Paul Routledge, country manager at D-Link

Forming a smart defence

Paul Routledge, country manager of D-Link discusses how to effectively secure your smart home in an era where data is invaluable and the prying eye is out

Nearly half of homes worldwide now have at least one ‘smart’ device connected to the Internet. Bringing Internet of Things (IoT) devices such as voice-enabled assistants, IP CCTV cameras, and smart TVs into our homes can make our lives easier, safer and more entertaining, but also create new opportunities for cybercriminals.

Smart homes are designed to afford consumers more agility and ease, however efforts dedicated to design mean that security features can sometimes take a back seat. Often, it is the devices that we least expect that pose the most risk, For example, Wi-Fi-connected printers process a significant amount of data as it prints, most are sold with a default password, which the wide majority of people never change. Ensuring security in the home includes selecting the right type of Wi-Fi system, to adjusting IoT devices’ security controls to regularly changing passwords.

As recently as July, it was revealed that an IoT hacker had built a botnet capable of “enslaving” 18,000 devices in one day. Once a router is exploited, criminals can launch attacks against the device and remotely execute code to build botnets. Most smart devices from your smart coffee to your thermostat could become infected.

Although manufacturers have a responsibility to build safety features into devices, rapidly evolving threats make it important for the user to take an initiative in mitigating against risks. Unfortunately, some smart devices are built on a budget and not enough attention is paid to making them secure. For example, some manufacturers implement the same simple password for all devices or using outdated core software.

The intentions of a cybercriminal can vary widely. Their attacks can often be targeted at individuals, but often they are collecting information en route to mounting a larger attack to target an organisation or a company. Practising good cyber hygiene in the smart home is a critical first step towards avoiding any nasty surprises!

One thing is certain: cybercriminals will always seek new ways to undermine network security and persistence is what makes them successful. It is the consumer’s responsibility to take care of how smart home networks and devices are managed. A smart way of doing this is through a Wi-Fi management app like D-Link defend, which allows users to centrally manage devices and connections.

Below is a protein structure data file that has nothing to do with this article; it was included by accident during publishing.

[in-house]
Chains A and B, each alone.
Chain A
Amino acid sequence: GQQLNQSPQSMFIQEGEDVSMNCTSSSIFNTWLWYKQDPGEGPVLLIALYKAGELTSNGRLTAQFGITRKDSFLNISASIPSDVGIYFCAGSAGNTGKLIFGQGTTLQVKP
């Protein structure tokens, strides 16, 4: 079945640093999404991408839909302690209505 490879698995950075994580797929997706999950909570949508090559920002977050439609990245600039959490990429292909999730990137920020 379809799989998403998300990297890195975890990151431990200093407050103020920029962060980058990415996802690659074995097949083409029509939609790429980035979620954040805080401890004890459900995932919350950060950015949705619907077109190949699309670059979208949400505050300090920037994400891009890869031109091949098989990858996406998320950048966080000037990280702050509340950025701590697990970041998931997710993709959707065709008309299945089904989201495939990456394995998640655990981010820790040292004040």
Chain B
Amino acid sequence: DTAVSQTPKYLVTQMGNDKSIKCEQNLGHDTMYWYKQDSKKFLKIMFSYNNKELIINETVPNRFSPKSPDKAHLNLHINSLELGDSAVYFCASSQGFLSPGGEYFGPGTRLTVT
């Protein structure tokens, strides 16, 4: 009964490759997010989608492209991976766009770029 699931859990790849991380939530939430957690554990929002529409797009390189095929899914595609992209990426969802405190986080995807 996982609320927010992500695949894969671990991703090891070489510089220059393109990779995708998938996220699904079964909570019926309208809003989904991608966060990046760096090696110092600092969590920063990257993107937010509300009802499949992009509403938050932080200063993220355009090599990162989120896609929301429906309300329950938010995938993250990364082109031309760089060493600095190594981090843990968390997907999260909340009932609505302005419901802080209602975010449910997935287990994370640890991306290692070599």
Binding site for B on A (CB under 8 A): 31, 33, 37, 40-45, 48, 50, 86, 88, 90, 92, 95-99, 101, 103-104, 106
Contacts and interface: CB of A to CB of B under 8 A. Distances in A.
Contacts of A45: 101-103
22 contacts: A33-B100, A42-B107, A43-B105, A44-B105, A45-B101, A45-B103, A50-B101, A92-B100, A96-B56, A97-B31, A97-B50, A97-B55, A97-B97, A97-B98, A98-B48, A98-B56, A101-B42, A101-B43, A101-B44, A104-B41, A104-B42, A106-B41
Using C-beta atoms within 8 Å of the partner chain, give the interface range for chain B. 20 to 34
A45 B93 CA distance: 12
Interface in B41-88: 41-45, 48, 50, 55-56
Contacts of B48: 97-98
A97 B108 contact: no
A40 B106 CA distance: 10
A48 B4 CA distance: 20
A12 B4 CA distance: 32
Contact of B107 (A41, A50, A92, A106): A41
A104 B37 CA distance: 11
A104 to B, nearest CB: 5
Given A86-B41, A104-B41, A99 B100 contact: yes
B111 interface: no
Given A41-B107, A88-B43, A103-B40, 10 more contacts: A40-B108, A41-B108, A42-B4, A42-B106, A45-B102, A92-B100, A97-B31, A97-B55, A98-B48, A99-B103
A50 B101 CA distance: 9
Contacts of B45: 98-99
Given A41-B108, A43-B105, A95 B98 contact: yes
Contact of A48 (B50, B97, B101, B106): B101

Innovations such as smart locks for example, which aim to provide increased security, have in some cases been proven to be easily susceptible to hacks.

However, if you were able to rely on your router to block malicious intruders, you could be giving yourself an advantage. The D-Link EXO router with McAfee protection allows you to block access to known malicious sites, as well as being able to conduct IoT Anomaly and Botnet Detection through the McAfee Global Threat Intelligence database.

Updating passwords and firmware continually renews the protection of devices, but often the most important password to change is the default password. Created by the manufacturers and often the same for all devices produced, default passwords make devices more susceptible to attacks. A common path for botnets to hijack devices is to search for passwords that are hardcoded in devices.

Disconnect devices that don’t need to be connected – the ability to centrally manage smart home devices and systems, allows you to be in control of connections.

Get familiar with security controls on each device and how they can be set to regulate exposure to the Wi-Fi. Consider centrally managed Wi-Fi solutions like D-Link’s EXO router series which includes McAfee protection, and valuable tools that equip parents with more control and ability to protect their kids from inappropriate content, to create a safer more seamless connectivity.

Wi-Fi is the ideal place to start protecting the home. Secure routers with the ability to automate monitoring and ultimately securing home networks are the future of smart home security. D-Link’s EXO router, for example, creates one network throughout your entire home and also includes McAfee protection for every device on the home network. The router also allows you to block access to known malicious sites, and enable IoT Anomaly and Botnet Detection through the McAfee Global Threat Intelligence database, so no security issue goes unresolved.

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